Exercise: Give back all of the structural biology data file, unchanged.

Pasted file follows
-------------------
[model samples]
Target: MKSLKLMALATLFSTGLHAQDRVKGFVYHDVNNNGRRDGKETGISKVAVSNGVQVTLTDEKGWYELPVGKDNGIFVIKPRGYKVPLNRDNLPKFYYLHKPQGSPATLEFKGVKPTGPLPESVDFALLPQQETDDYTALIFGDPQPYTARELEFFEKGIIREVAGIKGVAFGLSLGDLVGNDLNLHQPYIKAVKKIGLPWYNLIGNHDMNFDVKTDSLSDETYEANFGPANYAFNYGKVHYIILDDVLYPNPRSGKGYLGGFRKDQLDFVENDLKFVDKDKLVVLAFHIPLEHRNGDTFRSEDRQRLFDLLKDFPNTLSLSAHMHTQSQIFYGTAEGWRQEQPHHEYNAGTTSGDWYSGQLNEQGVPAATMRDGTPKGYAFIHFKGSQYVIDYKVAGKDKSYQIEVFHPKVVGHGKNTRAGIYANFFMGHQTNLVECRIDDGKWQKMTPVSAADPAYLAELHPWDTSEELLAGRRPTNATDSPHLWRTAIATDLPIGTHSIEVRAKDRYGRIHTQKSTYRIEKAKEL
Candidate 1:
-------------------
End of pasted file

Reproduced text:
[model samples]
Target: MKSLKLMALATLFSTGLHAQDRVKGFVYHDVNNNGRRDGKETGISKVAVSNGVQVTLTDEKGWYELPVGKDNGIFVIKPRGYKVPLNRDNLPKFYYLHKPQGSPATLEFKGVKPTGPLPESVDFALLPQQETDDYTALIFGDPQPYTARELEFFEKGIIREVAGIKGVAFGLSLGDLVGNDLNLHQPYIKAVKKIGLPWYNLIGNHDMNFDVKTDSLSDETYEANFGPANYAFNYGKVHYIILDDVLYPNPRSGKGYLGGFRKDQLDFVENDLKFVDKDKLVVLAFHIPLEHRNGDTFRSEDRQRLFDLLKDFPNTLSLSAHMHTQSQIFYGTAEGWRQEQPHHEYNAGTTSGDWYSGQLNEQGVPAATMRDGTPKGYAFIHFKGSQYVIDYKVAGKDKSYQIEVFHPKVVGHGKNTRAGIYANFFMGHQTNLVECRIDDGKWQKMTPVSAADPAYLAELHPWDTSEELLAGRRPTNATDSPHLWRTAIATDLPIGTHSIEVRAKDRYGRIHTQKSTYRIEKAKEL
Candidate 1: